The digital era can be divided into two parts: business (the digital economy), and personal (social networking, etc.).  Both, however, are characterized by the use of systems based on digitizing all of the information – voice, pictures, video, sensors, controls, data, etc.

Now I would add society (i.e., community) as another part to cover systems for smart cities, online government, online shopping, etc.

The digital era can also be segmented using the Negroponte Switch as a tipping point. Wikipedia puts it this way:

“Put simply. he suggested that due to accidents of engineering history we had ended with static devices – such as televisions receiving their content via signals travelling over the airways while devices which should have been mobile and personal – such as telephones were receiving their content over static cables. It was his idea that a better use of available communication resource would result if the information (such as phone calls) going through the cables was to go through the air and that going through the air (such as TV programmes) was to be delivered via cables.”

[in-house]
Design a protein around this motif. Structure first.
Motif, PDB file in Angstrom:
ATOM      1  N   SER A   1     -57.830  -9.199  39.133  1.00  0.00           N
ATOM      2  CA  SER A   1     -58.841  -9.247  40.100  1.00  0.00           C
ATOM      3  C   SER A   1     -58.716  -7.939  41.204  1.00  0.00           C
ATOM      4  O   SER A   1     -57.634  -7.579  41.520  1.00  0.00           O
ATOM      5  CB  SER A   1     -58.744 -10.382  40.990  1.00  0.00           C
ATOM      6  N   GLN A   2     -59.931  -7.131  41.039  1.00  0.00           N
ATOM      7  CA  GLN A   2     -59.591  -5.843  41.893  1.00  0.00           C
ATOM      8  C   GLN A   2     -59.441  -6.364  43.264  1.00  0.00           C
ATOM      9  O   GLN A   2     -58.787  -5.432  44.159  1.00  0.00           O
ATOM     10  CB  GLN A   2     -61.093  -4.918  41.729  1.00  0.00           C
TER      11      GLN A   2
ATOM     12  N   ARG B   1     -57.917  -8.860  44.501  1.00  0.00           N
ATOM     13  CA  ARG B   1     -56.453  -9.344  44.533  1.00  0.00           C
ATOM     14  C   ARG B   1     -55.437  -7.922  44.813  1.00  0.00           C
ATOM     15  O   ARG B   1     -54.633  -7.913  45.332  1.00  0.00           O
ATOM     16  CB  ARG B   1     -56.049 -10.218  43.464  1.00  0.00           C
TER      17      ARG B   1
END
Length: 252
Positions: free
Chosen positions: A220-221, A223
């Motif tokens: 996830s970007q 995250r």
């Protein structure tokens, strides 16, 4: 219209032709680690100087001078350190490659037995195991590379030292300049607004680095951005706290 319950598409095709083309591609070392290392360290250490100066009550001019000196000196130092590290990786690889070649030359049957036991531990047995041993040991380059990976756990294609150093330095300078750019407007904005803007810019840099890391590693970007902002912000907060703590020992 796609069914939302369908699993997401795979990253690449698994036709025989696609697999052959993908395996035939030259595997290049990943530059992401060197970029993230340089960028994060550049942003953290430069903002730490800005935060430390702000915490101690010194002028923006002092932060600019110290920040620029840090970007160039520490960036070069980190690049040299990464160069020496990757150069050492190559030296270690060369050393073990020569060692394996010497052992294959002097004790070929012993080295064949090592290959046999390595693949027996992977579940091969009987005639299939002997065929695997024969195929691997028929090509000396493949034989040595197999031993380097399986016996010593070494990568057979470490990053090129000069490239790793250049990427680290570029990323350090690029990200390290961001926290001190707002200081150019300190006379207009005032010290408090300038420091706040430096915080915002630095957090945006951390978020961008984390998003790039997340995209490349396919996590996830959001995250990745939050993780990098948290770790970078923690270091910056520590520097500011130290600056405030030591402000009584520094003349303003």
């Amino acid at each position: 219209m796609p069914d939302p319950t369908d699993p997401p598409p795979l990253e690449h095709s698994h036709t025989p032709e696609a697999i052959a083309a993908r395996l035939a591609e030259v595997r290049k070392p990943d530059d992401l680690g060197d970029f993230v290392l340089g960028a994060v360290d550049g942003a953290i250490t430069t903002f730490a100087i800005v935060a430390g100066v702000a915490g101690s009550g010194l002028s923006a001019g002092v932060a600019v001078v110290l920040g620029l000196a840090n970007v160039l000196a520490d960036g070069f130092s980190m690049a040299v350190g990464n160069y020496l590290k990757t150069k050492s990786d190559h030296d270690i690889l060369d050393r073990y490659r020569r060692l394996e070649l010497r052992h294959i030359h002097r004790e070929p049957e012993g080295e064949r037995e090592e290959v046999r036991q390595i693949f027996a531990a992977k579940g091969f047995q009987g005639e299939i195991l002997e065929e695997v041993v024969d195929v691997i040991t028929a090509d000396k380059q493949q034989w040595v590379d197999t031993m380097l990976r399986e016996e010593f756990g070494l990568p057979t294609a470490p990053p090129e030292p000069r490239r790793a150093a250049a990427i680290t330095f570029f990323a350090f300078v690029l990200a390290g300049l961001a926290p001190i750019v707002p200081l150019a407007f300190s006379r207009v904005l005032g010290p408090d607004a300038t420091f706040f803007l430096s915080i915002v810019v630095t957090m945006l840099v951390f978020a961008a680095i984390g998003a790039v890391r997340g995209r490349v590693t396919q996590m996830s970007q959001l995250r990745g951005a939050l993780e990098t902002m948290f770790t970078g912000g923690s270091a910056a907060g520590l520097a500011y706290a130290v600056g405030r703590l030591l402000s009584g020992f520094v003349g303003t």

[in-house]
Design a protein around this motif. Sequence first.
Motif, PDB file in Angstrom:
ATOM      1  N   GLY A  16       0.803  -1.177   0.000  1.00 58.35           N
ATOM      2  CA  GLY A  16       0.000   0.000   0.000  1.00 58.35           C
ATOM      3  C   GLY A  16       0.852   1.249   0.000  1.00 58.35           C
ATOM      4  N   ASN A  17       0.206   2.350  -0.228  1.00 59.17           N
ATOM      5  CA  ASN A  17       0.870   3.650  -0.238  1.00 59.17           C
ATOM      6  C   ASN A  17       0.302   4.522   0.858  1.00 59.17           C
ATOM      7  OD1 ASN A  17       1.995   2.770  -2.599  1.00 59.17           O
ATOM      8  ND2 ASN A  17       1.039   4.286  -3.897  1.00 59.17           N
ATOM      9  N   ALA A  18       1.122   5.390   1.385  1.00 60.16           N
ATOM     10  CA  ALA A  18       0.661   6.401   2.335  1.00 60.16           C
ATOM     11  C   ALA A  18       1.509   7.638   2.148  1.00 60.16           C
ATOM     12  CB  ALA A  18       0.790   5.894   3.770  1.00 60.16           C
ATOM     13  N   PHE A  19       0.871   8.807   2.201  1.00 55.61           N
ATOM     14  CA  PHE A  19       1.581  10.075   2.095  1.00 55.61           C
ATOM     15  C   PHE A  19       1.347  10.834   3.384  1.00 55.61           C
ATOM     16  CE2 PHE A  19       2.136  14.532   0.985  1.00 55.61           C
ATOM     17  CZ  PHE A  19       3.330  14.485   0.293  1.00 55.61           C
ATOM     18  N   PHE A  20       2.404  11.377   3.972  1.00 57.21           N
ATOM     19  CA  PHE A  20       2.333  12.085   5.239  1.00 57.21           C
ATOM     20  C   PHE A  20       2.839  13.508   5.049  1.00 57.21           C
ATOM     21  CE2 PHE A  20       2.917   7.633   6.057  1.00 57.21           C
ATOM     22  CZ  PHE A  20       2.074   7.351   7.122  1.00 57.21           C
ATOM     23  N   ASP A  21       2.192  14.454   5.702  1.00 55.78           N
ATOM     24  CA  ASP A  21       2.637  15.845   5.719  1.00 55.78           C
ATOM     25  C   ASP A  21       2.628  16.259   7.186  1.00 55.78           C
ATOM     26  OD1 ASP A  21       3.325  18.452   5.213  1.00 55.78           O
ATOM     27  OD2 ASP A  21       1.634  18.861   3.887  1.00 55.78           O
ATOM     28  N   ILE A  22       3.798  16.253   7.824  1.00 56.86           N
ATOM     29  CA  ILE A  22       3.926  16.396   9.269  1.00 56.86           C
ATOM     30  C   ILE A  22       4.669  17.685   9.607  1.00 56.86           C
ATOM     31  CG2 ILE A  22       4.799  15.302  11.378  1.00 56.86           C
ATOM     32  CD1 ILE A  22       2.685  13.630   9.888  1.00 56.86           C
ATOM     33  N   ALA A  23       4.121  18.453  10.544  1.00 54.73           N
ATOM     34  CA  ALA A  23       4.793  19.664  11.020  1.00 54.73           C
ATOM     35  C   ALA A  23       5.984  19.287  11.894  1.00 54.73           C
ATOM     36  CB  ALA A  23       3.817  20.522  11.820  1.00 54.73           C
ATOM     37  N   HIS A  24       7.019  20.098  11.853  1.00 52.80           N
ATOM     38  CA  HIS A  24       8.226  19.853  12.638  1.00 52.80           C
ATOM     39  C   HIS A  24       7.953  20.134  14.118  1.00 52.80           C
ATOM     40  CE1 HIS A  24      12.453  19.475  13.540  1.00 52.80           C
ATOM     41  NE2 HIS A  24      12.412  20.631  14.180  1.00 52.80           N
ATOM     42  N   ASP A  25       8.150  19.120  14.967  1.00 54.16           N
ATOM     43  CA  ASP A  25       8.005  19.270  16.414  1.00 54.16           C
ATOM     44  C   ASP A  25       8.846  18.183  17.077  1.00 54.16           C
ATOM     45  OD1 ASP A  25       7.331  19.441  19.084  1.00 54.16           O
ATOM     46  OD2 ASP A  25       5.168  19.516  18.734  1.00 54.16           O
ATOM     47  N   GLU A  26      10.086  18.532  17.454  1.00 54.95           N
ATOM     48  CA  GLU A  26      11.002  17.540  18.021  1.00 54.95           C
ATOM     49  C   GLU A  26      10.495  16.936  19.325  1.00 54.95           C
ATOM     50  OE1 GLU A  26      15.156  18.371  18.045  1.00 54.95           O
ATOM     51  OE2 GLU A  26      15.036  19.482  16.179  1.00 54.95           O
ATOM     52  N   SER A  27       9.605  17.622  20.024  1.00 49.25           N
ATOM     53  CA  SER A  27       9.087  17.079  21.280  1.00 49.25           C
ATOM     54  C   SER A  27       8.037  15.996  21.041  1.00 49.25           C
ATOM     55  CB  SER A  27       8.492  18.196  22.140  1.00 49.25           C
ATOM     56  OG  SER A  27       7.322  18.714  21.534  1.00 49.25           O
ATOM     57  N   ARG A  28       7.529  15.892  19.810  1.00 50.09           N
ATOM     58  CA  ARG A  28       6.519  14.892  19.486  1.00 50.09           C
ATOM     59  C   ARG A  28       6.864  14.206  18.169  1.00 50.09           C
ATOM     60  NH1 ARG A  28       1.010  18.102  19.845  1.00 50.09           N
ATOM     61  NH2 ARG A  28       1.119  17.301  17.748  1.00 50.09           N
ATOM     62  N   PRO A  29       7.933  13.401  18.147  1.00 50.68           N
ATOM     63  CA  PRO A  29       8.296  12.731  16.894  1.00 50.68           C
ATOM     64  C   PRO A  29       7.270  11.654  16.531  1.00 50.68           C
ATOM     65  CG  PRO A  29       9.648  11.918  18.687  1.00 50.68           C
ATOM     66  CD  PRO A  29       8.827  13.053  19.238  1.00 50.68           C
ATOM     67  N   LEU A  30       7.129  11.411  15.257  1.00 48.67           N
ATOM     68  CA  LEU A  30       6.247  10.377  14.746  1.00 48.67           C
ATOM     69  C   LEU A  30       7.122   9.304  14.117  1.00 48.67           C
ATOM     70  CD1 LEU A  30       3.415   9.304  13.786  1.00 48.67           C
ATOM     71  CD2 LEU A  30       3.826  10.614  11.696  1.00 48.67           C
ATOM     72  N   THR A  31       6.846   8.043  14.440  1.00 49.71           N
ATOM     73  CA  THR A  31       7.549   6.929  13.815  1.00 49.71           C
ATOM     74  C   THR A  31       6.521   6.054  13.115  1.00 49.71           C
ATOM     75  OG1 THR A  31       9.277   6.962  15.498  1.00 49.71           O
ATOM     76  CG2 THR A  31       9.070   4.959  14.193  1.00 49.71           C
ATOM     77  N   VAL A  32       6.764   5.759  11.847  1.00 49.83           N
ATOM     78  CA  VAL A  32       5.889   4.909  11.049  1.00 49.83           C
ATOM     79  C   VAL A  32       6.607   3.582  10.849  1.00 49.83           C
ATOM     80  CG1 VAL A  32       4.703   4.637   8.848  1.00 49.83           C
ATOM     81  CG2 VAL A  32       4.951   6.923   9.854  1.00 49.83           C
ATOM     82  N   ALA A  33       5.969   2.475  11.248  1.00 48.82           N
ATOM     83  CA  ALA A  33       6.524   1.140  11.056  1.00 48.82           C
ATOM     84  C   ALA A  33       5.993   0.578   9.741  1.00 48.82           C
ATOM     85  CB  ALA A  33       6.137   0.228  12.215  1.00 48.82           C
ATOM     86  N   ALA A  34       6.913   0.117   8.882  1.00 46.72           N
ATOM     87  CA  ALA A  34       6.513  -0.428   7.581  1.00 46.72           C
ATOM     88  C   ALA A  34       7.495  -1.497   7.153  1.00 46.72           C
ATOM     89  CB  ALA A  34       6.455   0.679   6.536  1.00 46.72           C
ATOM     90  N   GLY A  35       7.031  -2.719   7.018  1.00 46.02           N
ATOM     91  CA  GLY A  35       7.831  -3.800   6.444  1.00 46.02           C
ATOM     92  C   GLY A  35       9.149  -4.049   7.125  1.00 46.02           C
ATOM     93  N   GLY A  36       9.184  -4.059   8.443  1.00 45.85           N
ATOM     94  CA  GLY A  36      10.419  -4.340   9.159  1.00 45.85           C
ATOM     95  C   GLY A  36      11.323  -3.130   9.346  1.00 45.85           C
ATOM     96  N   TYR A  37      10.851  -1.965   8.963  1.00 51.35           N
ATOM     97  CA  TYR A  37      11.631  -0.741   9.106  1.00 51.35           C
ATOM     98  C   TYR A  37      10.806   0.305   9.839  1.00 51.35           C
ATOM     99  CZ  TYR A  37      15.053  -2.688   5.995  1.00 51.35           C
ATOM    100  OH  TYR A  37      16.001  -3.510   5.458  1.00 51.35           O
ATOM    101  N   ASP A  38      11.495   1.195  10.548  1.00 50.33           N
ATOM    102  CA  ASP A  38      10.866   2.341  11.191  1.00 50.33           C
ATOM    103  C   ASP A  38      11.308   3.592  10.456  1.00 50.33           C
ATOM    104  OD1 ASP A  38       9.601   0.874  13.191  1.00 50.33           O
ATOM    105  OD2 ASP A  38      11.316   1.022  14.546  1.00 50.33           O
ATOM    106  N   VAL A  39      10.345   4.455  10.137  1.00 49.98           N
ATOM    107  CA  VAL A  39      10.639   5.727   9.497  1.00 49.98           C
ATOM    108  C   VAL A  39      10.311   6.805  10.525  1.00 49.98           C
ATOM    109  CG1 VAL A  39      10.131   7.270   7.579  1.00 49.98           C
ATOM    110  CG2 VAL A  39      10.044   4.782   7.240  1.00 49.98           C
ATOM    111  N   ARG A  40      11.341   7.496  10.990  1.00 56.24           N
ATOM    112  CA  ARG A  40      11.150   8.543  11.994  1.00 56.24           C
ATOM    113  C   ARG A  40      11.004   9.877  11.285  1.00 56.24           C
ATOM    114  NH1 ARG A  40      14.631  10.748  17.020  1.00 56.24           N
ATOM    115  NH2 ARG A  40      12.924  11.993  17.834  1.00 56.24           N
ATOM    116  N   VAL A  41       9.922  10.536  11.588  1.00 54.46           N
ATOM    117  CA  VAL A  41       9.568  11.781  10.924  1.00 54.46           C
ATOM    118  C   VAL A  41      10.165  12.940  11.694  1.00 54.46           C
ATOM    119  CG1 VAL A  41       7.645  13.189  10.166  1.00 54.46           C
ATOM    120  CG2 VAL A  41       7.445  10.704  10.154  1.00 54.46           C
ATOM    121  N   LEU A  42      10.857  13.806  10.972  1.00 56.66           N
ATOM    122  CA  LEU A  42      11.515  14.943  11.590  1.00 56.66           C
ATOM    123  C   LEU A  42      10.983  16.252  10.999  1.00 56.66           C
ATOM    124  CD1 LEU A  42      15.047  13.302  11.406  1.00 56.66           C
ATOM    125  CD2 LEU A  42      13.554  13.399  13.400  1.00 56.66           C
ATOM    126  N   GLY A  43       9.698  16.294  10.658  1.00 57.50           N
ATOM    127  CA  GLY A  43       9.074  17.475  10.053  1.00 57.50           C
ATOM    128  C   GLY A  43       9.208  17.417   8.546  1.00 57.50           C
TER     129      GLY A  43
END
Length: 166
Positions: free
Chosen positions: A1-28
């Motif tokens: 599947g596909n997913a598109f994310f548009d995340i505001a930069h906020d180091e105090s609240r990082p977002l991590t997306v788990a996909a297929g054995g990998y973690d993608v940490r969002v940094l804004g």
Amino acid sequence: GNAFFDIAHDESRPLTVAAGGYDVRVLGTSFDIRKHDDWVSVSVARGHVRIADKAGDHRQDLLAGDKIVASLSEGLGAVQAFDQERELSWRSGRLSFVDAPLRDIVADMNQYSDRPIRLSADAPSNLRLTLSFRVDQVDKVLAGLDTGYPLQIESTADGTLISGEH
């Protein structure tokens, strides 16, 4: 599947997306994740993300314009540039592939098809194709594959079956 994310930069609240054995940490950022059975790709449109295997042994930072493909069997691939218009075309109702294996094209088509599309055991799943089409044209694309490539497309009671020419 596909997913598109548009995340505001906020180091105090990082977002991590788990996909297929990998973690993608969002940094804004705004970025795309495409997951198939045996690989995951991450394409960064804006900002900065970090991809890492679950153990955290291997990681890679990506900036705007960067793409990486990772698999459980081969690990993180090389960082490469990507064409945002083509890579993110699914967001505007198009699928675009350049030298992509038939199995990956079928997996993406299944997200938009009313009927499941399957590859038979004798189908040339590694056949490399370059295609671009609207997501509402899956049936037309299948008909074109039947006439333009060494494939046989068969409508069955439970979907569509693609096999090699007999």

Even though the wired/wireless reversal is not yet complete (and may never be), the transition is occurring and the changes are certainly accelerating. Here are some examples:

  • Traditional TV programs are now widely distributed via cable, with many more options for self-service program selection, time-shifting and access to remote content;
  • Over-the-air radio is generally in decline – Internet radio replaces localized broadcasting, allows selective subscriptions and removes geographic limits;
  • Telephony and email are now accessible wirelessly from virtually any location, although the number of wireless-only households is still relatively small and wired access is still widely available;
  • Multimedia has truly arrived, for example with the wireless “Dick Tracy” wristwatch now becoming a reality; and